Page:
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Infinite Dirac Series

  1. Nov 4, 2013 #1


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    What is the sum of an infinite Dirac series and why? 1 or infinity?

    [itex]\sum_{n=-\infty}^{\infty}\delta (n)[/itex]

    I can see it being 1 because it's like a series version of the integral:

    [itex]\int_{-\infty}^{\infty}\delta (t)dt = 1[/itex]

    But for the series where n=0,

    [itex]\delta (0) = \infty[/itex]

  2. jcsd
  3. Nov 5, 2013 #2


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    No, it is not "a series version of the integral [itex]\int_{-\infty}^\infty \delta(t)dt[/itex]". The integral has only one delta function.

    Your basic problem is that you don't really understand what the Dirac delta function itself really is. Strictly speaking the "Dirac delta function" is not a function at all, it is a "functional" or "generalized function". The Dirac delta function [itex]\delta(x)[/itex] is the functional that assigns to every function its value at 0: [itex]\delta(x)f(x)= f(0)[/itex].

    What you have written (where did you see it?) makes no sense because "[itex]\delta(0)[/itex]", "[itex]\delta(1)[/itex]" themselves have no meaning. The Dirac delta function, being a functional, is NOT defined at individual values of x.

    If instead you had [itex]\sum_{n=-\infty}^\infty \delta(x- n)[/itex], that would be the functional that assigns, to every function, f, the sum of its values at the integers, [itex]\sum_{n=-\infty}^\infty f(n)[/itex], if that series converges.
  4. Nov 6, 2013 #3


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    Hi HallsofIvy,

    I was solving for the discrete Fourier transform of [itex]δ(n)[/itex] and wondering why is was 1, but I didn't know until now that there are two generalized functions that share the same symbol [itex]δ[/itex], the continuous Dirac delta and the discrete Kronecker delta.

    Also for the Dirac delta, I thought this was true [itex]\int_{-∞}^{∞}δ(x)f(x)dx=f(0)[/itex] instead of [itex]δ(x)f(x)=f(0)[/itex], or are they both the same?
  5. Nov 6, 2013 #4


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    Kroneker delta is not a generalized function, just a function in two variables (both of which need to be integers).

    Edit: So I make this really long post about how that integral isn't really an integral, and then I convince myself that it is an integral. (Well a certain type of integral.)

    Anyway to answer the question, sort of. ##\delta(x)f(x)## can be interpreted as evaluating Dirac on f. Remember linear algebra and how a linear operator L acts on vector v? You wrote it as Lv, right? Same idea, because functional are linear transforms/operators (just with co-domain R). But personally I wouldn't do it because it's more likely to mean "multiply delta by f" with multiplication in the space of distributions.
    Last edited: Nov 6, 2013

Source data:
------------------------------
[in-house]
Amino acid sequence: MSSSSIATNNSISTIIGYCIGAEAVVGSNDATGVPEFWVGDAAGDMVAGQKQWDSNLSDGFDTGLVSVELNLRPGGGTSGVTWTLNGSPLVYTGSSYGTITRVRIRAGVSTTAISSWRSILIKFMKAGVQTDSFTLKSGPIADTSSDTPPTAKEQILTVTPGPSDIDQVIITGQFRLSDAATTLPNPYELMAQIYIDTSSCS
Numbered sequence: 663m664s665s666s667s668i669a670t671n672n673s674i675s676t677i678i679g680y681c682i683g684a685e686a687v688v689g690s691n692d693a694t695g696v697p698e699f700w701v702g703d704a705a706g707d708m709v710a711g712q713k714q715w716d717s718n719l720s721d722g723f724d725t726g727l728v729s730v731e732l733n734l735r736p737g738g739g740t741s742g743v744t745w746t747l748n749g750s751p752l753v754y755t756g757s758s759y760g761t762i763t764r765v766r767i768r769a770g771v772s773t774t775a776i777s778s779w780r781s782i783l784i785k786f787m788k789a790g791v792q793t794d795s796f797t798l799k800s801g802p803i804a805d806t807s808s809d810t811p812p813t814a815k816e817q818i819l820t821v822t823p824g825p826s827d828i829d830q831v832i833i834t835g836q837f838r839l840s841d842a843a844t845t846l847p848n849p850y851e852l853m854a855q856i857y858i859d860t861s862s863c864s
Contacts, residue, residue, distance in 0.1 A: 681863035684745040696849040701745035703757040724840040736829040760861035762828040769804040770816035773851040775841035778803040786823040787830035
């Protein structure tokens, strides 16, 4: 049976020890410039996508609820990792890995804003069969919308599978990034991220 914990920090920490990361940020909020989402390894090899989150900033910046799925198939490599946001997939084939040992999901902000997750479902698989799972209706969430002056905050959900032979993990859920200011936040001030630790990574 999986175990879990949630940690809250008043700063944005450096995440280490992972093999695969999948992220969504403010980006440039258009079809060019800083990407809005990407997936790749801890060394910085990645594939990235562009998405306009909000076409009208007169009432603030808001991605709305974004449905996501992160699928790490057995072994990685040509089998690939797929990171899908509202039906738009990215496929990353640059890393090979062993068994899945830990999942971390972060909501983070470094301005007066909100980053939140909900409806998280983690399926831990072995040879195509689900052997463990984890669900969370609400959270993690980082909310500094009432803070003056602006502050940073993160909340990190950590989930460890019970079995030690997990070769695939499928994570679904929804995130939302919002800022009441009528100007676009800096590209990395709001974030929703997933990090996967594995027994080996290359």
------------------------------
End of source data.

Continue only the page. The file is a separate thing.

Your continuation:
6. Nov 6, 2013 #5


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    Hi pwsnafu,
    I see what you mean about linear operators, but I have never used or seen the Dirac delta in that way. This is the first time I've heard about functionals, so I will probably will have to learn about them properly first before I fully understand how the Dirac delta is a functional.

    The way I thought of the integral [itex]\int_{-∞}^{∞}δ(x-k)f(x)dx=f(k)[/itex] (modified it with a real constant [itex]k[/itex]) before this thread was that the Dirac delta is defined as derivative of the unit step Heaviside function:

    [itex]\delta (x) = \begin{cases}
    +\infty & \text{ if } x= 0\\
    0 & \text{ if } x\neq 0
    \end{cases} [/itex]

    then the multiplication of [itex]δ(x-k)f(x)[/itex] is zero everywhere except at [itex]k[/itex] where it is [itex]δ(0)f(k)[/itex].

    [itex]\int_{-∞}^{∞}δ(x-k)f(x)dx[/itex] then (perhaps informally) becomes [itex]f(k)\int_{-∞}^{∞}δ(x-k)dx=f(k)[/itex]
  7. Nov 6, 2013 #6


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    If you can get a copy of Theories of Generalised Functions: Distributions, Ultradistributions and Other Generalised Functions by Hoskins and Pinto, read it. It is by far the easiest textbook on the topic to read.

    You can't differentiate a function if it not continuous there. Is Heaviside continuous at x=0?

    So what's ##\delta(0)##? And you don't get away with "infinity" because that just means everything becomes infinity, including ##\delta(0)f(k)##.

    Worse, ##\delta(x-k)\,f(x)## is defined, but as a multiplication between a generalized function and a smooth function. The result is a generalized function in its own right, and as Halls has told you, it doesn't have point values.

    Remember, integrating over a point always results in zero: ##\int_0^0 anything(x) \, dx = 0##. But you have
    ##\int_{-\infty}^\infty \delta(x-k) \, dx = \int_{-\infty}^k \delta(x-k)\, dx + \int_{k}^k \delta(x-k)\, dx + \int^{\infty}_k \delta(x-k)\, dx##
    and every term on the right hand side is equal to zero.

    The problem is you were taught a heuristic, which is fine as an introduction. But you haven't been corrected since then. That's the problem.
    Last edited: Nov 6, 2013
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